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Memorial Day program outshines rain (w/video)

By JR Ortega
May 26, 2014 at 12:26 a.m.
Updated May 27, 2014 at 12:27 a.m.

Raul Alvarado, middle, shares his umbrella to shield  fellow veterans Robert Gaona, left, and Willie Leos, right, from the rain during the Victoria County Veterans Council Memorial Day Program at DeLeon Plaza in Victoria.

Rain can't wash out American spirit.

Huddled beneath the trees of DeLeon Plaza, 30 people stood still, their umbrellas shielding them from heavy rain blanketing Victoria County on Monday morning during the annual Memorial Day program.

Because of the weather, the program - hosted this year by the Victoria County Veterans Council - was shortened to under 20 minutes instead of more than an hour.

Kathy Dunson has not missed the program for the past three years - rain or shine.

Dunson listened as her brother, Richard Garcia, read the names of veterans who died between last Memorial Day and Monday.

Dunson, 67, knows the pain of losing someone close; she lost her first boyfriend in Vietnam.

"Still, after all these years, I get very emotional," she said, her eyes welling up with tears.

Talking about what happened is still too much for Dunson, so instead, she likes to think of the positive.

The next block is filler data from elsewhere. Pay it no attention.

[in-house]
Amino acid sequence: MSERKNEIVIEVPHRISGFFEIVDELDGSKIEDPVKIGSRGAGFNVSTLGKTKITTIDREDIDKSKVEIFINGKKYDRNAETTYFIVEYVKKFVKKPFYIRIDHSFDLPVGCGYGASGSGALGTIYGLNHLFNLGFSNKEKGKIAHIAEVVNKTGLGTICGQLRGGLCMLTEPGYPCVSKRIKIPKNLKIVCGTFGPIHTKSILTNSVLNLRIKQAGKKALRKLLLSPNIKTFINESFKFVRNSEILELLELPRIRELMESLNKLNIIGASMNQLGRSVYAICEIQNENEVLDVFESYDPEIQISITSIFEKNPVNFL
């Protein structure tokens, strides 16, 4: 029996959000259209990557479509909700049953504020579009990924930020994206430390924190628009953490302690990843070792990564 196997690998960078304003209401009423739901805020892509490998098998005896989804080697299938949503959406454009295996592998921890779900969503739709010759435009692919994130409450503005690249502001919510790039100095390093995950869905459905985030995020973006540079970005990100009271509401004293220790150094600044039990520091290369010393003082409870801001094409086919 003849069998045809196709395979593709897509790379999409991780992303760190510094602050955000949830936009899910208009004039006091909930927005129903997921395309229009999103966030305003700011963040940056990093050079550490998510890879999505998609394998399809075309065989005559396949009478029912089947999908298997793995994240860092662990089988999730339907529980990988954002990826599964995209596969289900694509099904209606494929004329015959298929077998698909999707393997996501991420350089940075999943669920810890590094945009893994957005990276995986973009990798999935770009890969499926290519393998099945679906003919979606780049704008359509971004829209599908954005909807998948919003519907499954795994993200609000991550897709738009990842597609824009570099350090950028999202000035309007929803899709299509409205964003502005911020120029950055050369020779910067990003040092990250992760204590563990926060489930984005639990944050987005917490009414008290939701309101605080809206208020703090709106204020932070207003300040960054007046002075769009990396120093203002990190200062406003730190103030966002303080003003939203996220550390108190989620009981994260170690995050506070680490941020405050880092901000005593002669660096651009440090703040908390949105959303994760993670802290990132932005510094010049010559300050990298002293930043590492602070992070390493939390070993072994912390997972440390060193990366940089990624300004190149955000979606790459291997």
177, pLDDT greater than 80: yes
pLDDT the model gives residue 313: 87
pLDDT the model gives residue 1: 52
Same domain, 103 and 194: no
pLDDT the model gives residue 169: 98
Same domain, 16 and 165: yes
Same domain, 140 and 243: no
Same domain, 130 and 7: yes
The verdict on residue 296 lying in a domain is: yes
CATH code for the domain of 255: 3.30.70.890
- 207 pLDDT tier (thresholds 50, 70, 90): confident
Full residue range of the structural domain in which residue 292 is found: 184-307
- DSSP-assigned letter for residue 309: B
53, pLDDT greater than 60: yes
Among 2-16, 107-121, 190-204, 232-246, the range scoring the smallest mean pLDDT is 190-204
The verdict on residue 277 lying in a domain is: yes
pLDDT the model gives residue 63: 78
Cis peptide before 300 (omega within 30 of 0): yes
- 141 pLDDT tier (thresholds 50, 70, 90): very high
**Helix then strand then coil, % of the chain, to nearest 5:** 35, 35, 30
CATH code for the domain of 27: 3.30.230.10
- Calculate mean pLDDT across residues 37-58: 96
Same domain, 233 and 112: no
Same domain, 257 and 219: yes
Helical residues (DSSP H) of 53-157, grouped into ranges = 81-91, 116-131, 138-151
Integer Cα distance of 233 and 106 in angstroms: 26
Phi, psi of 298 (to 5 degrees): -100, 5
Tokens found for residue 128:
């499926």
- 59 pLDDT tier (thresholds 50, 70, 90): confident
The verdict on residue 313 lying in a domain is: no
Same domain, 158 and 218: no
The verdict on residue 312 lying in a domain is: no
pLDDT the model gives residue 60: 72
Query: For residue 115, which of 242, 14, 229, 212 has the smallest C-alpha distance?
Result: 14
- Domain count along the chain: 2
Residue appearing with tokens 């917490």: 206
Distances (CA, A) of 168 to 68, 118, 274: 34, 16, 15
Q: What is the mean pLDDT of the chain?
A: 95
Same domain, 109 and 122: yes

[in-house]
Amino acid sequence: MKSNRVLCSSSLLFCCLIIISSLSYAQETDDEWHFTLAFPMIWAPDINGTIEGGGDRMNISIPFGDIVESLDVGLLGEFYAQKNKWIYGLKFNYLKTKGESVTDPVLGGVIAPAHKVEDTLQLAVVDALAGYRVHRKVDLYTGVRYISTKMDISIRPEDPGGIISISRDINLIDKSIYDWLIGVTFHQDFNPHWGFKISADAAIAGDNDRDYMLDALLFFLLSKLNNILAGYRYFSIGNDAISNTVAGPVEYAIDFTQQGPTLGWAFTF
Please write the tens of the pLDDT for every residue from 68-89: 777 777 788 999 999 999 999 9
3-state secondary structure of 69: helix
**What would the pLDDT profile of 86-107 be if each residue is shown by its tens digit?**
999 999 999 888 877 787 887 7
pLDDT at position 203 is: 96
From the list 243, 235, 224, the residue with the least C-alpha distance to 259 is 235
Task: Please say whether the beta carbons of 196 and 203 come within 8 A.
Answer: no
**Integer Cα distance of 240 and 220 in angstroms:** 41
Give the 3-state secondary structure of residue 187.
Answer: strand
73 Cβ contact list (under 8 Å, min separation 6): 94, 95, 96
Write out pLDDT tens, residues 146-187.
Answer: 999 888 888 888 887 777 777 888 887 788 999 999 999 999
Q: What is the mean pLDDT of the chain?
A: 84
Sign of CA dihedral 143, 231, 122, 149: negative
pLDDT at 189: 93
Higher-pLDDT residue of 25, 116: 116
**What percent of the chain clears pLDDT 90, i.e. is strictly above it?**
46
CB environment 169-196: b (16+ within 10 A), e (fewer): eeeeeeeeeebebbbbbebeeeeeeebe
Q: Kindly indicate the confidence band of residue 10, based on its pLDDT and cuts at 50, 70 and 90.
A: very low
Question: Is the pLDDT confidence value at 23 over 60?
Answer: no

She focused on the turnout, proud to see a nice-size group weathering the storm to pay tribute.

Dunson does wish, however, that she saw more young people take time to honor area veterans.

"I don't think they realize how important it is," she said. "They died so they could live."

Out from under the trees, a family of three sat on foldable lawn chairs, each with an umbrella of his or her own.

The family, Hector Villarreal, his wife, Rita, and her cousin, Joann Villareal-Olvera, tried to remain dry as they listened closely to Congressman Blake Farenthold's speech.

"It's important that we not forget those who sacrificed, especially those who made the ultimate sacrifice," Farenthold said.

Farenthold went on to talk about Veterans Affairs, saying more needs to be done to provide for veterans.

Hector Villarreal agrees.

His brother, Johnny, was killed in Vietnam. Villarreal was 10.

Several of his other brothers also served.

"I can't even explain to you how I felt then," Villarreal said, holding his red, white and blue umbrella.

Villarreal and his wife attend the program every year.

This program was a little special, his wife said, because her and her cousin's uncle, Andy Villareal, died in August.

His name was read aloud.

It's not just about Memorial Day, though; it's about honoring the sacrifice every day.

"They are out there fighting for our freedom, and that's very important to us," she said.

Villareal-Olvera feels the same way.

"For me, it's to honor those who have fallen," she said. "It's very important to keep those honors and those memories alive."



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